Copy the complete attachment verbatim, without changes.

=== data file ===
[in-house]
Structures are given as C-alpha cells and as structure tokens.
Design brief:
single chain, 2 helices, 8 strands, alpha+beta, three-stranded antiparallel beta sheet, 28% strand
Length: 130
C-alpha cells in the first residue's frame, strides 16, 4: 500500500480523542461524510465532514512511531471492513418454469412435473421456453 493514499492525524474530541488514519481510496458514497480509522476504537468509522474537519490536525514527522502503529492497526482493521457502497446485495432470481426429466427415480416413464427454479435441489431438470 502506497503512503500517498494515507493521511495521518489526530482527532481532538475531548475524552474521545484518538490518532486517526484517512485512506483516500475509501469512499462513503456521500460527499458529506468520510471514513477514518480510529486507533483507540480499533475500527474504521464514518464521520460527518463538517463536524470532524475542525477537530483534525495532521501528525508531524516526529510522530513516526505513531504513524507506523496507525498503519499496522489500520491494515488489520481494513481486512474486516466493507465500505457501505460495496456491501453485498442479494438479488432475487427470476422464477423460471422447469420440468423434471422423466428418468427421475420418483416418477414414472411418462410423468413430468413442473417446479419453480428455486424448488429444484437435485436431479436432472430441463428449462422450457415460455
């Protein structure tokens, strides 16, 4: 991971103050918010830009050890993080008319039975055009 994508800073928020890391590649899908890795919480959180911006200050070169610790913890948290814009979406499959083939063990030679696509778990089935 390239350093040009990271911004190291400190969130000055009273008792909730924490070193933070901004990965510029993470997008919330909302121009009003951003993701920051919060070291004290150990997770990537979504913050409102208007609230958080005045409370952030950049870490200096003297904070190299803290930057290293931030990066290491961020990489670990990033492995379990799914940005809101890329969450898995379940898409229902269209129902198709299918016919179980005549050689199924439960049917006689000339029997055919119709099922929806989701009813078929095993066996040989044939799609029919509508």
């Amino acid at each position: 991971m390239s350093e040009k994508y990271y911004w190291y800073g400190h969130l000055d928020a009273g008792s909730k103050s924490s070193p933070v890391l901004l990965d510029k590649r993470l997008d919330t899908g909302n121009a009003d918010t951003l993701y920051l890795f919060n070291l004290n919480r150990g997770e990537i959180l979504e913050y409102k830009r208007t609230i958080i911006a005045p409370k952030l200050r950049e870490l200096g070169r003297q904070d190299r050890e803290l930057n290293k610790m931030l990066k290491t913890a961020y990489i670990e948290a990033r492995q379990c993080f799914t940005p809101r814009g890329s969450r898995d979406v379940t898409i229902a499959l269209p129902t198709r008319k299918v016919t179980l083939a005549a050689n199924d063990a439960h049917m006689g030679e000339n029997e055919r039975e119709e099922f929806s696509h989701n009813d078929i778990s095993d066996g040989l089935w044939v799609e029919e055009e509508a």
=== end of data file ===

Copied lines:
[in-house]
Structures are given as C-alpha cells and as structure tokens.
Design brief:
single chain, 2 helices, 8 strands, alpha+beta, three-stranded antiparallel beta sheet, 28% strand
Length: 130
C-alpha cells in the first residue's frame, strides 16, 4: 500500500480523542461524510465532514512511531471492513418454469412435473421456453 493514499492525524474530541488514519481510496458514497480509522476504537468509522474537519490536525514527522502503529492497526482493521457502497446485495432470481426429466427415480416413464427454479435441489431438470 502506497503512503500517498494515507493521511495521518489526530482527532481532538475531548475524552474521545484518538490518532486517526484517512485512506483516500475509501469512499462513503456521500460527499458529506468520510471514513477514518480510529486507533483507540480499533475500527474504521464514518464521520460527518463538517463536524470532524475542525477537530483534525495532521501528525508531524516526529510522530513516526505513531504513524507506523496507525498503519499496522489500520491494515488489520481494513481486512474486516466493507465500505457501505460495496456491501453485498442479494438479488432475487427470476422464477423460471422447469420440468423434471422423466428418468427421475420418483416418477414414472411418462410423468413430468413442473417446479419453480428455486424448488429444484437435485436431479436432472430441463428449462422450457415460455
């Protein structure tokens, strides 16, 4: 991971103050918010830009050890993080008319039975055009 994508800073928020890391590649899908890795919480959180911006200050070169610790913890948290814009979406499959083939063990030679696509778990089935 390239350093040009990271911004190291400190969130000055009273008792909730924490070193933070901004990965510029993470997008919330909302121009009003951003993701920051919060070291004290150990997770990537979504913050409102208007609230958080005045409370952030950049870490200096003297904070190299803290930057290293931030990066290491961020990489670990990033492995379990799914940005809101890329969450898995379940898409229902269209129902198709299918016919179980005549050689199924439960049917006689000339029997055919119709099922929806989701009813078929095993066996040989044939799609029919509508």
């Amino acid at each position: 991971m390239s350093e040009k994508y990271y911004w190291y800073g400190h969130l000055d928020a009273g008792s909730k103050s924490s070193p933070v890391l901004l990965d510029k590649r993470l997008d919330t899908g909302n121009a009003d918010t951003l993701y920051l890795f919060n070291l004290n919480r150990g997770e990537i959180l979504e913050y409102k830009r208007t609230i958080i911006a005045p409370k952030l200050r950049e870490l200096g070169r003297q904070d190299r050890e803290l930057n290293k610790m931030l990066k290491t913890a961020y990489i670990e948290a990033r492995q379990c993080f799914t940005p809101r814009g890329s969450r898995d979406v379940t898409i229902a499959l269209p129902t198709r008319k299918v016919t179980l083939a005549a050689n199924d063990a439960h049917m006689g030679e000339n029997e055919r039975e119709e099922f929806s696509h989701n009813d078929i778990s095993d066996g040989l089935w044939v799609e029919e055009e509508a």